During winter, the pair huddle together in a den - always some pre-existing shelter they have found, since they don't dig burrows - to keep warm, but they sleep apart in the summer and autumn. They mate in January and February, the mother giving birth to a litter of no more than three black-furred pups. By two months, they are able to forage for themselves, albeit with help from their mother, and most leave before the next winter sets in.
Physically, the Bengal fox is also a fairly typical example of its kind. Which is to say, it's smaller and duller in colour than the red fox, but otherwise broadly the same shape. The black tip to the tail is a distinctive feature, although not unique to this species. Like many foxes, they eat a lot of insects, although they also catch larger animals such as gerbils and lizards, and the pups, in particular, seem to like eating freshly caught rodents.
Although Bengal foxes are often active at night, they are mainly crepuscular, preferring the twilight hours. They have even been observed coming out at midday, although only when it's chucking down with rain, which suggests they really do prefer to avoid bright sunlight. They live, as foxes typically do, in mated pairs, albeit with the sort of casual polygyny that's so unusually absent in Blanford's species. Also unlike Blanford's foxes, they are quite happy to dig and construct quite elaborate dens in which to sleep away the day.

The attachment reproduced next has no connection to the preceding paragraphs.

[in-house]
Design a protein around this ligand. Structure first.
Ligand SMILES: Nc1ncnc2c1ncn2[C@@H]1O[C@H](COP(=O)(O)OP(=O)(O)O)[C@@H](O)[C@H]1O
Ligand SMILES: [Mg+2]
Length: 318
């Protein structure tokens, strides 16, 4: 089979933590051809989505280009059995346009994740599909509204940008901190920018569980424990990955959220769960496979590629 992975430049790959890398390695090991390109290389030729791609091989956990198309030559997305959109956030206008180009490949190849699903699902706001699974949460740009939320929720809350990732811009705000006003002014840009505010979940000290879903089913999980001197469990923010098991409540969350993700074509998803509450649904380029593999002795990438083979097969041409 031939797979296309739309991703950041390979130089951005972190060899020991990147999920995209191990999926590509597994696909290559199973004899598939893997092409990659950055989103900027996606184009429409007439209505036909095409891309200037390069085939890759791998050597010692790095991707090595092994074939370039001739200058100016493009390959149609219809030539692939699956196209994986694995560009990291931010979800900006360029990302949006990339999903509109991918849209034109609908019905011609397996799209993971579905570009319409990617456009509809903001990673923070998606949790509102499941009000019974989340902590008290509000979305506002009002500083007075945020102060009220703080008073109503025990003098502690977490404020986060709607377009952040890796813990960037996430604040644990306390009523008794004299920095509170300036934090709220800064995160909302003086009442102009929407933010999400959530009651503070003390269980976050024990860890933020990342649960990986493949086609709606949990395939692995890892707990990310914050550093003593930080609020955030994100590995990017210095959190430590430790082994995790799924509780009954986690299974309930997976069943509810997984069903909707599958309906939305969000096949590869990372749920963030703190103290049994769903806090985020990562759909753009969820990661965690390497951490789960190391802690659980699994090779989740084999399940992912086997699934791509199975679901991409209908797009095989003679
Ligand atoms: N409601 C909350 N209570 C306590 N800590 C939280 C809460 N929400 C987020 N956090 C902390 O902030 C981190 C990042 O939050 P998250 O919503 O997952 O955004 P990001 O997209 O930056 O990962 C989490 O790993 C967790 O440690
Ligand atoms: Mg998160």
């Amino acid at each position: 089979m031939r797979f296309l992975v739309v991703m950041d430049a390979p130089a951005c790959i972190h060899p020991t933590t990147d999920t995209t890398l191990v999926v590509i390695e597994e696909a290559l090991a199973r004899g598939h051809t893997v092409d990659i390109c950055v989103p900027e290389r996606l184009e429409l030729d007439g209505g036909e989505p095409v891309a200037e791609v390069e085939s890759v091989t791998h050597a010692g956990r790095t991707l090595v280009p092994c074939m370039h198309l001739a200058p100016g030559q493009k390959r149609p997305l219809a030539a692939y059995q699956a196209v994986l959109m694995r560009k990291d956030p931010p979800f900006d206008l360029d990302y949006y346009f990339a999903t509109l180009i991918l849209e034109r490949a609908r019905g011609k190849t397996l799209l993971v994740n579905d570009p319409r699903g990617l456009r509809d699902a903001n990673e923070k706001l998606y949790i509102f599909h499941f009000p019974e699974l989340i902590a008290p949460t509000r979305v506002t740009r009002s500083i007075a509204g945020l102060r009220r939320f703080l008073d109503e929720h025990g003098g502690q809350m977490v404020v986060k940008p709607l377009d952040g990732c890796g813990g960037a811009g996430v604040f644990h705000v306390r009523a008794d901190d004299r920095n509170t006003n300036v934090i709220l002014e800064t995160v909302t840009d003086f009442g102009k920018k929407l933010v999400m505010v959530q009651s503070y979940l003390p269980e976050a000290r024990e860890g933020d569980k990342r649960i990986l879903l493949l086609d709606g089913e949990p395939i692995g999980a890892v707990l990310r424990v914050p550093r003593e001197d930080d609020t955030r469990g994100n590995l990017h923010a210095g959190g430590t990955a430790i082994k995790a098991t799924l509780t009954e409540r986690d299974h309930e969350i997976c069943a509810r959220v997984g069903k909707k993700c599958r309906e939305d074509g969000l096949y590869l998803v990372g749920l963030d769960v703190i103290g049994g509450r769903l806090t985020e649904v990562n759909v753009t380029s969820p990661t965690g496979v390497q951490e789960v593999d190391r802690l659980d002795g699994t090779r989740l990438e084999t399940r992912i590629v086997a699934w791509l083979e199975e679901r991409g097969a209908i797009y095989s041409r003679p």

Dens can have anything up to seven entrances, presumably to ensure the foxes always have an escape route, and a positive maze of tunnels covering an area up to ten metres (30 feet) across. Moreover, each pair has several of these across their territory, swapping between them as necessary. By all accounts, they seem to be in a state of more or less permanent construction and renovation, so it's probably fair to say that the foxes really like digging.
They are social animals, however, and, where food is plentiful, multiple animals may share the same territory, and, in some cases, even the same den. They communicate with a sort of chattering cry, and, more rarely, with growls, whines, and a noise that at least comes to close to being a bark. Breeding takes place around November and December, with the litter of up to four pups being born two months later. This, it seems, is the primary purpose of the den, and, while the pups will eventually move around between the others on their parent's territory, birthing itself always seems to take place in the same one year after year.